Education, Higher education, Education in the early republic, Slavery
Dickinson, Washington, Bowdoin, Williams: They are small colleges, but there are those who think they shaped the republic. In this lovely, smart book, Margaret Sumner depicts the ambitious regional liberal arts colleges founded at the start of the nineteenth century as both an idealistic nationalist project and a lucrative family business. Those who ran them sought to create an ‘‘orderly ‘scheme’ for the world, in which collective harmony and virtuous self-interest would bring about success’’ (139). In a nation of unsettling political and economic competition, graduates would ‘‘exert a new form of collective virtuous power’’ (6). From the well-regulated classrooms and greens of Lexington, Kentucky; Carlisle, Pennsylvania; and Williamstown, Massachusetts, young men would set forth prepared to ‘‘enter the worlds of commerce, politics, and society in waves,’’ and determined to ‘‘work together to redirect the republic’s path toward a more virtuous and regulated definition of success’’ (53).
In ‘‘college world,’’ as Sumner wittily dubs the overlapping networks of kin, professors, and trustees, one could do well while striving to do good. ‘‘Families settling developing regions of the republic quickly seized upon educational institutions as the main channel through which they could secure a stable future for themselves and their communities,’’ she explains (20). Although families depended for their livelihood on the colleges, the profit motive was unacknowledged or assertively repudiated. Rather than being understood as commercial exchanges, the private donations and legislative grants on which colleges depended were cast as selfless gifts to selfless places. ‘‘All such economic activity,’’ Sumner writes, ‘‘was carried out in the name of the common good, and the continued ‘‘liberality’’ of the people was [college world’s] only form of insurance’’ (27). The result was a commercial and career network that believed itself to be a community of friends. Each bond strengthened the other.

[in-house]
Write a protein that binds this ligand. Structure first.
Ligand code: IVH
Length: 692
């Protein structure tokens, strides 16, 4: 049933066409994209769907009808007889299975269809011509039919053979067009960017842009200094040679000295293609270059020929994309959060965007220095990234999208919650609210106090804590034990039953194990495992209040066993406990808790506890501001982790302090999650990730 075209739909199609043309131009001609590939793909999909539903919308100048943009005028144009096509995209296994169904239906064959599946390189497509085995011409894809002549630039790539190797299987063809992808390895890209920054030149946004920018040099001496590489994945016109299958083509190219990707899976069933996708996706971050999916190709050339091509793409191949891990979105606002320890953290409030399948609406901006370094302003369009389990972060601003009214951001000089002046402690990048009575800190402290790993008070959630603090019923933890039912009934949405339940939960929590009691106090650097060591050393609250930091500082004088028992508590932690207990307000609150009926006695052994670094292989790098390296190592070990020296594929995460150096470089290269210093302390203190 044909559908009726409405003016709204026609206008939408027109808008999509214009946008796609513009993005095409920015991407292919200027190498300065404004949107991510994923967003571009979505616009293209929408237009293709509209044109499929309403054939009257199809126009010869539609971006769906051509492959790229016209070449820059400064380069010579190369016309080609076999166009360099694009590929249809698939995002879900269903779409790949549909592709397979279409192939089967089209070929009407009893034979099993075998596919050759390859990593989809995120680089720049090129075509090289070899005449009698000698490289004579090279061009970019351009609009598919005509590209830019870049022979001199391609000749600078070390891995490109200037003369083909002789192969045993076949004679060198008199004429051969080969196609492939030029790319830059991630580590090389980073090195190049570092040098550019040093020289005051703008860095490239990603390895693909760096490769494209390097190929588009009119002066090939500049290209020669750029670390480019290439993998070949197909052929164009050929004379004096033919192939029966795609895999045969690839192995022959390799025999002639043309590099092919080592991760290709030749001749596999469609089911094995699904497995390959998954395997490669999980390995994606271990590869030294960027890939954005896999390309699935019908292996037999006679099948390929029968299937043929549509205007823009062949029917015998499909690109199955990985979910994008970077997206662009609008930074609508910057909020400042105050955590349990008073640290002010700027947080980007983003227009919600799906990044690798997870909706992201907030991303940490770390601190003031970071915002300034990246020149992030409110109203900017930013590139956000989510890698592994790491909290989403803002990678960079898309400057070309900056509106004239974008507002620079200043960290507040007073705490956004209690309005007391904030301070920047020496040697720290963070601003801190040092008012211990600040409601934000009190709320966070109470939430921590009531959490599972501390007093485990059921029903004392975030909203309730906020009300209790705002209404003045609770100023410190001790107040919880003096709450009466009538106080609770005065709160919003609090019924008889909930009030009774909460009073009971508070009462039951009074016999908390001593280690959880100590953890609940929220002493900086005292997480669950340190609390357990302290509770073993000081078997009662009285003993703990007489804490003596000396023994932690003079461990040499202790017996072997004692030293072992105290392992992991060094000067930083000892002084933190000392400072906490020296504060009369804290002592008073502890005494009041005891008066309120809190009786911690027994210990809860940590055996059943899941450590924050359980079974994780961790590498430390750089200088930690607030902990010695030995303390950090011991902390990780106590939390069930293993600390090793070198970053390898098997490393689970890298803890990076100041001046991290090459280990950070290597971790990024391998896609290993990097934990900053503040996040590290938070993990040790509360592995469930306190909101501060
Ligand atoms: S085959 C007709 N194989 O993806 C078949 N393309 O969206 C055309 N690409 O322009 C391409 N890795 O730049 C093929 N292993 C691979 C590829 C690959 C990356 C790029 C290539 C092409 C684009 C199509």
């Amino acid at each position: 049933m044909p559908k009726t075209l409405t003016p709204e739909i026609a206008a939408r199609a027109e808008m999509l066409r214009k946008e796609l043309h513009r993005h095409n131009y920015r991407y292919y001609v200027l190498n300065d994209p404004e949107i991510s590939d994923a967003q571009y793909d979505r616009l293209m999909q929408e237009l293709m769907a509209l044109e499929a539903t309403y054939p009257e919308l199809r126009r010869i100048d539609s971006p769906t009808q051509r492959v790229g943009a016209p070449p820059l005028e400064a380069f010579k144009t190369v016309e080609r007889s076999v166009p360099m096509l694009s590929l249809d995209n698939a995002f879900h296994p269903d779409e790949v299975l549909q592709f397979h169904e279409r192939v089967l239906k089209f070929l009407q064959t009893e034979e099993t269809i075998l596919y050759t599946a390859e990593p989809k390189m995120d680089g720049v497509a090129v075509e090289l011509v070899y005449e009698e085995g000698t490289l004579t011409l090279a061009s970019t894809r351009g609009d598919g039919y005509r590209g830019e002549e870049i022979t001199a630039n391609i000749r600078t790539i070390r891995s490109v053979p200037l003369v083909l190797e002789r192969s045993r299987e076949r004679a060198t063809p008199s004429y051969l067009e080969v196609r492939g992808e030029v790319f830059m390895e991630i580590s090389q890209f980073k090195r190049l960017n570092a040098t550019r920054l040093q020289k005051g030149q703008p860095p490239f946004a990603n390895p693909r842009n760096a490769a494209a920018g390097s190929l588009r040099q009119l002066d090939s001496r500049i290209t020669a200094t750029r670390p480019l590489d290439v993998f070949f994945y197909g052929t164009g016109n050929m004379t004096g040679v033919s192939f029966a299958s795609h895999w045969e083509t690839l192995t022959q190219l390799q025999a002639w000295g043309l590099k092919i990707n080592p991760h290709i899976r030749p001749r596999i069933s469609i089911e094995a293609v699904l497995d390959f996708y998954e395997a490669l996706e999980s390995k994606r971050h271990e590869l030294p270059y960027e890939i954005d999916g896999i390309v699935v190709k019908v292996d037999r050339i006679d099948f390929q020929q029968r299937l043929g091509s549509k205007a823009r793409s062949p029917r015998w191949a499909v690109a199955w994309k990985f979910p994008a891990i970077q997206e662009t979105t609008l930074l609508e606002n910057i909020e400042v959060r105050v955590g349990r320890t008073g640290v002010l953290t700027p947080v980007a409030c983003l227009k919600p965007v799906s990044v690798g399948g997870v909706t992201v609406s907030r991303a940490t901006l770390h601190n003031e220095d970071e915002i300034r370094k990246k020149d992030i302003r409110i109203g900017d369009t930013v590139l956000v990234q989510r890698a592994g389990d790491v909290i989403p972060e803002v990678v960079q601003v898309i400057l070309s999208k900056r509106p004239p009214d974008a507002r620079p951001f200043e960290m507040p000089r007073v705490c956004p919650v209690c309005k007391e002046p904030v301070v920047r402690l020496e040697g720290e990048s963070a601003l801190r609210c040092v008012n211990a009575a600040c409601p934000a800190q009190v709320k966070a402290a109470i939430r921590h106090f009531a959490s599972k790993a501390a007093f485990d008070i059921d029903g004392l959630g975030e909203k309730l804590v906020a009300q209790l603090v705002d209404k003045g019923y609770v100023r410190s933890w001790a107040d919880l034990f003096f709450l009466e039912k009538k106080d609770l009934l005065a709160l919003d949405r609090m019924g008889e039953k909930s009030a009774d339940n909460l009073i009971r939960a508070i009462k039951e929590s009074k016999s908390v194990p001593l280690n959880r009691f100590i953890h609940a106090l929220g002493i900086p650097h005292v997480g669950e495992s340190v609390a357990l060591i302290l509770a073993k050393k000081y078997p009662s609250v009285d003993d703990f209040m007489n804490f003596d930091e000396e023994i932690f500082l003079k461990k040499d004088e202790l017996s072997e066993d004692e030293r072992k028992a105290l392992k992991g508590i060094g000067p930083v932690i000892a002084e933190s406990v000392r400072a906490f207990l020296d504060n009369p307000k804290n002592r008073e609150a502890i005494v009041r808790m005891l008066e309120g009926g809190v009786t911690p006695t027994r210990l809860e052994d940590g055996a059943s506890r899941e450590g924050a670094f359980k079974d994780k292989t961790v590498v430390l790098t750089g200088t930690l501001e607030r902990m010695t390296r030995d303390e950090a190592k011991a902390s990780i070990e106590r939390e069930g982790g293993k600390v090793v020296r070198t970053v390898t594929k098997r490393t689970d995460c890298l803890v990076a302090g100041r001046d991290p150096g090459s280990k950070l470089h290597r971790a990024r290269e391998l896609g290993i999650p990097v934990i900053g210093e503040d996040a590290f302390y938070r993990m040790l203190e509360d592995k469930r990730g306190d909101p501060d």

Every chapter of this delightful book bears witness to Sumner’s deep archival work and humane but sharp-eyed contemplation of her subjects. We learn about the new nation’s small colleges rather as we learn about English minor gentry in Jane Austen: through coming to know men and [End Page 503] women as they are slowly revealed to us by an expert and wryly sympathetic narrator. Thus we have the Cleaveland women, who used their status as the wife and daughters of a Bowdoin professor to judge the talents and virtues of all those around them, even as their own ambitions were constrained; and Albert and Mark Hopkins, who struggled to believe that their lives as college professors matched the manly vigor they ascribed to their farmer brother Harry. Through the life of John Russwurm, a mixed-race graduate of Bowdoin College, readers learn not only of Russwurm’s extraordinary achievements but also of college families’ desire to exercise their benevolence by educating ‘‘black genius’’—only to sponsor colonization schemes so that the racial regime in which they themselves thrived would not be disrupted. Rather than staggering through abstract discussions of ‘‘place and space,’’ readers find deft sketches of the mix of familial, professional, and intellectual life contained in a professor’s parlor, and revealing tableaus that demonstrate the layers of class and racial privilege daily displayed and subverted on a college green. Sumner’s command of narrative and tone is particularly effective in her analysis of gender, which she persuasively depicts as woven into every aspect of these institutions. Many of her female subjects, for example, ‘‘believed their minds were equal to those of their male counterparts in learning, but different in understanding and activity,’’ a view that left them embracing the status and intellectual opportunities available to them within the ambit of the nation’s small colleges, but nonetheless lamenting the lack of an ‘‘ideal place in which to exert [their] intellectual powers’’ (125).
Sumner knows she is writing about men and women easily dismissible as elites who have already received sufficient historical attention. The precision with which she describes the creation and consequences...